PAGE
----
Virgin Hyperloop has trialled its first ever journey with passengers, in the desert of Nevada.
The futuristic transport concept involves pods inside vacuum tubes carrying passengers at high speeds.
In the trial, two passengers – both company staff – travelled the length of a 500m test track in 15 seconds, reaching 107mph (172km/h).
However, this is a fraction of Virgin’s ambitions for travel speeds of more than 1,000km/h.
Virgin Hyperloop is not the only firm developing the concept but nobody has carried passengers before.
Sara Luchian, director of customer experience, was one of the two on board and described the experience as “exhilarating both psychologically and physically” to the BBC shortly after the event.
She and chief technology officer Josh Giegel wore simple fleeces and jeans rather than flights suits for the event, which took place on Sunday afternoon outside of Las Vegas. Ms Luchian said the journey was smooth and “not at all like a rollercoaster” although the acceleration was “zippier” than it would be with a longer track. Neither of them felt sick, she added.
She said that their speed was hampered by the length of the track and acceleration required.
The concept, which has spent years in development, builds on a proposal by Tesla founder Elon Musk. Some critics have described it as science fiction.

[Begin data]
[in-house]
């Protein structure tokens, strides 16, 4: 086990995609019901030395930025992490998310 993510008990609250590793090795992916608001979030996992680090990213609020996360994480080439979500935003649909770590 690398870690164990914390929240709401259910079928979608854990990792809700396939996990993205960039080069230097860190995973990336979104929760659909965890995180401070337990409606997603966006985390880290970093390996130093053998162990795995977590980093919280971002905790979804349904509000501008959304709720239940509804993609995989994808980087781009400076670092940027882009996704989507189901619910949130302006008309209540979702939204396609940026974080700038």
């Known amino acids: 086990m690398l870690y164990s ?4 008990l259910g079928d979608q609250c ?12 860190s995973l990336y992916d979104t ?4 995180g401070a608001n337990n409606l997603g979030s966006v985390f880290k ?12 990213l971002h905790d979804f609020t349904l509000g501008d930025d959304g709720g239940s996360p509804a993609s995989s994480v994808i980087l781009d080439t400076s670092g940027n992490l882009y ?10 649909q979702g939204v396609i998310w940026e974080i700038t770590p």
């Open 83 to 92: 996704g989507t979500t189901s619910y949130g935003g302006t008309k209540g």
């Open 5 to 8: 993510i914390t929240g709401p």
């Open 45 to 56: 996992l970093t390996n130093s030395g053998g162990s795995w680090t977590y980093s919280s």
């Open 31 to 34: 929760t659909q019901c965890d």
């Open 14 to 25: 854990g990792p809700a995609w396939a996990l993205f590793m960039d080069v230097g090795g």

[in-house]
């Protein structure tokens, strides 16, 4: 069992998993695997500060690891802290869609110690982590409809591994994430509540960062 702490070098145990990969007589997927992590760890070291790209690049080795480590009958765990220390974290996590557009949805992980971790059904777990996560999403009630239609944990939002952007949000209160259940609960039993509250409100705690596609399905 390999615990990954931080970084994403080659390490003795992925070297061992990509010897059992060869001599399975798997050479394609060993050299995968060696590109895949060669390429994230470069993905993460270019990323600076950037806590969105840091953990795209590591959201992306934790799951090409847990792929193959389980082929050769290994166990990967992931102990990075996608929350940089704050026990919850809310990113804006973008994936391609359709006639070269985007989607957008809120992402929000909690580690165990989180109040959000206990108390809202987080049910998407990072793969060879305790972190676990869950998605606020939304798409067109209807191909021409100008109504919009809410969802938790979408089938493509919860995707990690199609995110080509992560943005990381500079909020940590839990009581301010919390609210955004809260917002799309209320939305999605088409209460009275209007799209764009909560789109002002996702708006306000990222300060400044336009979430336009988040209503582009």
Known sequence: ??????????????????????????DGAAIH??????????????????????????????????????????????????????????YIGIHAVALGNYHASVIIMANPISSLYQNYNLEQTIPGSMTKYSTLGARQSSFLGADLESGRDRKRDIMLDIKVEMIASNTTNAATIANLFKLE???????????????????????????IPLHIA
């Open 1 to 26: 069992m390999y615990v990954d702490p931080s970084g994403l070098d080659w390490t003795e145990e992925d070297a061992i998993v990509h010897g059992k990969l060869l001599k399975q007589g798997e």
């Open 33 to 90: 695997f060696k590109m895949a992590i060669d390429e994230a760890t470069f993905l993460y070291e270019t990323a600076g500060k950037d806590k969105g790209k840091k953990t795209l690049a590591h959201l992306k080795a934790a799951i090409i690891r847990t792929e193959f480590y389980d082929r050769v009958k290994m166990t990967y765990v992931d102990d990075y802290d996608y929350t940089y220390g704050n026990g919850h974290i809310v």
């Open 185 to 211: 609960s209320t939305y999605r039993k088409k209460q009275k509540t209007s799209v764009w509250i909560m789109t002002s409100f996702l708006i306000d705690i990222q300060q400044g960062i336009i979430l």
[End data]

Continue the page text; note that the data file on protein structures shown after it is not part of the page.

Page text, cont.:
It is based on the world’s fastest magnetic levitation (maglev) trains, then made faster by speeding along inside vacuum tubes.
The Maglev train speed world record was set in 2015 when a Japanese train reached 374mph in a test run near Mount Fuji.
Founded in 2014, Virgin Hyperloop received investment from the Virgin Group in 2017. It was previously known as Hyperloop One and Virgin Hyperloop One.
In a BBC interview in 2018, then Virgin Hyperloop One boss Rob Lloyd, who has since left the firm, said the speed would in theory enable people to travel between Gatwick and Heathrow airports, 45 miles apart on opposite sides of London, in four minutes.
Los Angeles-based Virgin Hyperloop is also exploring concepts in other countries, including a hypothetical 12 minute connection between Dubai and Abu Dhabi, which takes more than an hour by existing public transport.
Critics have pointed out that Hyperloop travel systems would involve the considerable undertaking of both getting planning permission and then constructing vast networks of tubes for every travel path.
Ms Luchian acknowledges the potential difficulties, saying: “Of course there’s a lot of infrastructure to be built but I think we’ve mitigated a lot of risk that people didn’t think was possible.”
She added: “Infrastructure is such an important focus for so many people in government. We know people are looking for solutions. They’re looking for the transportation of the future. We can keep building today’s or yesterday’s transport systems and keep encountering the same problems they bring or we can really look to build something that solves those problems.”